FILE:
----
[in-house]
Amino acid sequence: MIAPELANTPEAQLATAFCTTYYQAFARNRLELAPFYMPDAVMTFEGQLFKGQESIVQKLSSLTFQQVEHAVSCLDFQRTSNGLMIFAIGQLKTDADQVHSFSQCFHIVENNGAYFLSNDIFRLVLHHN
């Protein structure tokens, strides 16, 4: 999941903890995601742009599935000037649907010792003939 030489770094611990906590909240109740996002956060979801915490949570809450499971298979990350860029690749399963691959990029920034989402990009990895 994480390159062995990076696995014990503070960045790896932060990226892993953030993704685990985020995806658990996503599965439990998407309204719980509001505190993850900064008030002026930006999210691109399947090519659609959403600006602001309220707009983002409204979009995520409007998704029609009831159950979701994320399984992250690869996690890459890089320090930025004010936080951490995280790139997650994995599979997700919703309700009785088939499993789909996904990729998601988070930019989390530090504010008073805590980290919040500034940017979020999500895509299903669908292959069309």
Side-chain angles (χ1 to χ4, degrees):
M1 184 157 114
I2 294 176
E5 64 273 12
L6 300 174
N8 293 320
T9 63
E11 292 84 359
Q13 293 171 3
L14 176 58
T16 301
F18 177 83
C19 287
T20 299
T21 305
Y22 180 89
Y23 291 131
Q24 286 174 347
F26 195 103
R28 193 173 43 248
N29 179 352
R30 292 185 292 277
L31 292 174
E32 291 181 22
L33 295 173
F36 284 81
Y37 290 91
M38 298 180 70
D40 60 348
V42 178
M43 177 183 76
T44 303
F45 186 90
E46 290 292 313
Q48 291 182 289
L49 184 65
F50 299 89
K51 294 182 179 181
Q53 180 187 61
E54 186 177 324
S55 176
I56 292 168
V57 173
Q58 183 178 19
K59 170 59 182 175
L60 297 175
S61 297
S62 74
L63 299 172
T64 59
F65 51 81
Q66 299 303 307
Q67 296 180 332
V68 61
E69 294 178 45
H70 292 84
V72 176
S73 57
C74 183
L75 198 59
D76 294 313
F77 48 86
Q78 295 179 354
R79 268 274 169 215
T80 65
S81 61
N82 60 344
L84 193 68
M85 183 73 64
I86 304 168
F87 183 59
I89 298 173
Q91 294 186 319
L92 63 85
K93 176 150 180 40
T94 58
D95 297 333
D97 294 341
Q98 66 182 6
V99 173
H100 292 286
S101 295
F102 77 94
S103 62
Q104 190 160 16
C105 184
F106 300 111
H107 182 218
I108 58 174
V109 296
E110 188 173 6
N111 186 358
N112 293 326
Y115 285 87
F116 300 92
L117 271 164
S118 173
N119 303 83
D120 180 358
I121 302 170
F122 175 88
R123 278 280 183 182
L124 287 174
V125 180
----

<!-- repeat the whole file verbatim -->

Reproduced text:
[in-house]
Amino acid sequence: MIAPELANTPEAQLATAFCTTYYQAFARNRLELAPFYMPDAVMTFEGQLFKGQESIVQKLSSLTFQQVEHAVSCLDFQRTSNGLMIFAIGQLKTDADQVHSFSQCFHIVENNGAYFLSNDIFRLVLHHN
């Protein structure tokens, strides 16, 4: 999941903890995601742009599935000037649907010792003939 030489770094611990906590909240109740996002956060979801915490949570809450499971298979990350860029690749399963691959990029920034989402990009990895 994480390159062995990076696995014990503070960045790896932060990226892993953030993704685990985020995806658990996503599965439990998407309204719980509001505190993850900064008030002026930006999210691109399947090519659609959403600006602001309220707009983002409204979009995520409007998704029609009831159950979701994320399984992250690869996690890459890089320090930025004010936080951490995280790139997650994995599979997700919703309700009785088939499993789909996904990729998601988070930019989390530090504010008073805590980290919040500034940017979020999500895509299903669908292959069309």
Side-chain angles (χ1 to χ4, degrees):
M1 184 157 114
I2 294 176
E5 64 273 12
L6 300 174
N8 293 320
T9 63
E11 292 84 359
Q13 293 171 3
L14 176 58
T16 301
F18 177 83
C19 287
T20 299
T21 305
Y22 180 89
Y23 291 131
Q24 286 174 347
F26 195 103
R28 193 173 43 248
N29 179 352
R30 292 185 292 277
L31 292 174
E32 291 181 22
L33 295 173
F36 284 81
Y37 290 91
M38 298 180 70
D40 60 348
V42 178
M43 177 183 76
T44 303
F45 186 90
E46 290 292 313
Q48 291 182 289
L49 184 65
F50 299 89
K51 294 182 179 181
Q53 180 187 61
E54 186 177 324
S55 176
I56 292 168
V57 173
Q58 183 178 19
K59 170 59 182 175
L60 297 175
S61 297
S62 74
L63 299 172
T64 59
F65 51 81
Q66 299 303 307
Q67 296 180 332
V68 61
E69 294 178 45
H70 292 84
V72 176
S73 57
C74 183
L75 198 59
D76 294 313
F77 48 86
Q78 295 179 354
R79 268 274 169 215
T80 65
S81 61
N82 60 344
L84 193 68
M85 183 73 64
I86 304 168
F87 183 59
I89 298 173
Q91 294 186 319
L92 63 85
K93 176 150 180 40
T94 58
D95 297 333
D97 294 341
Q98 66 182 6
V99 173
H100 292 286
S101 295
F102 77 94
S103 62
Q104 190 160 16
C105 184
F106 300 111
H107 182 218
I108 58 174
V109 296
E110 188 173 6
N111 186 358
N112 293 326
Y115 285 87
F116 300 92
L117 271 164
S118 173
N119 303 83
D120 180 358
I121 302 170
F122 175 88
R123 278 280 183 182
L124 287 174
V125 180